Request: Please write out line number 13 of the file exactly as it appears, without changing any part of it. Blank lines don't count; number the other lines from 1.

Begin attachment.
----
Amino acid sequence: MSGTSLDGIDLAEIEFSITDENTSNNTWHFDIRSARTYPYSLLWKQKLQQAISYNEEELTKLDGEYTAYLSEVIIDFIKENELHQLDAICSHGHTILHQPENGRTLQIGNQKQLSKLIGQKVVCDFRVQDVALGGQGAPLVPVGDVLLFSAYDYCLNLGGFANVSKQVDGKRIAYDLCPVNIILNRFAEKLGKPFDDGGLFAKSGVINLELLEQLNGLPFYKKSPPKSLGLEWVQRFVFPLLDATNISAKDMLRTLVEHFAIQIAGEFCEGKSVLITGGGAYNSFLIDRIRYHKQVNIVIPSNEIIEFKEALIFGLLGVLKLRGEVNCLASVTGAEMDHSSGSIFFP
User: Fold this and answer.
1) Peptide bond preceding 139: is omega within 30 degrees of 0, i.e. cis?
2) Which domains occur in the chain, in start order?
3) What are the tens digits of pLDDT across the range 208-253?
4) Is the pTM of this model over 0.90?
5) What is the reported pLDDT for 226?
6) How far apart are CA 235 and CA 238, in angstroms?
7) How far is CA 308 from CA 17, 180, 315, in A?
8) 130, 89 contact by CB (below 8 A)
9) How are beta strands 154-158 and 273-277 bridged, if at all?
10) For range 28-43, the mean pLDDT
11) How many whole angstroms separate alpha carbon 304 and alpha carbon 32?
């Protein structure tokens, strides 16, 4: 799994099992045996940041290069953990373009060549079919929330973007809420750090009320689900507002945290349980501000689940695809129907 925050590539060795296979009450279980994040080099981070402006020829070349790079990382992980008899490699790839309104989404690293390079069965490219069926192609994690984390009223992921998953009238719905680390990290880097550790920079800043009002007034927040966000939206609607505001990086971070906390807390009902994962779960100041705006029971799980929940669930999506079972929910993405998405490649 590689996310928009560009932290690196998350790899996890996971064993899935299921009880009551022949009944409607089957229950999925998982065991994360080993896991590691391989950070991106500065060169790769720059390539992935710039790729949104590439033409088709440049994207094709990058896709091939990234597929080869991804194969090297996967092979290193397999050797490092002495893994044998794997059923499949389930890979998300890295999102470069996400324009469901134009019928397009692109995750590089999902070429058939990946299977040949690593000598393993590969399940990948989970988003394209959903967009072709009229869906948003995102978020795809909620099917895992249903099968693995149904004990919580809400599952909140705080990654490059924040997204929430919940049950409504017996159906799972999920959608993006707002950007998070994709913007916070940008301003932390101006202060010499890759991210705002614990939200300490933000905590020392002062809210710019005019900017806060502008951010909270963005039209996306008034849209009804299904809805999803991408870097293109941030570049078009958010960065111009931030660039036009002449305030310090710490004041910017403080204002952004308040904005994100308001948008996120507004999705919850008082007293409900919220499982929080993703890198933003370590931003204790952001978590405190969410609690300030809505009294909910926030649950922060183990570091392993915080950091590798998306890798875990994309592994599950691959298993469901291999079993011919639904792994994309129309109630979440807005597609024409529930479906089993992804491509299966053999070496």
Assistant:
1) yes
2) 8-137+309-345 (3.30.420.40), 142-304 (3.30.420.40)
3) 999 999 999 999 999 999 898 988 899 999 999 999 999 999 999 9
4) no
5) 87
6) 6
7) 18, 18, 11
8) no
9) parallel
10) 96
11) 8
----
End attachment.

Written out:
11) How many whole angstroms separate alpha carbon 304 and alpha carbon 32?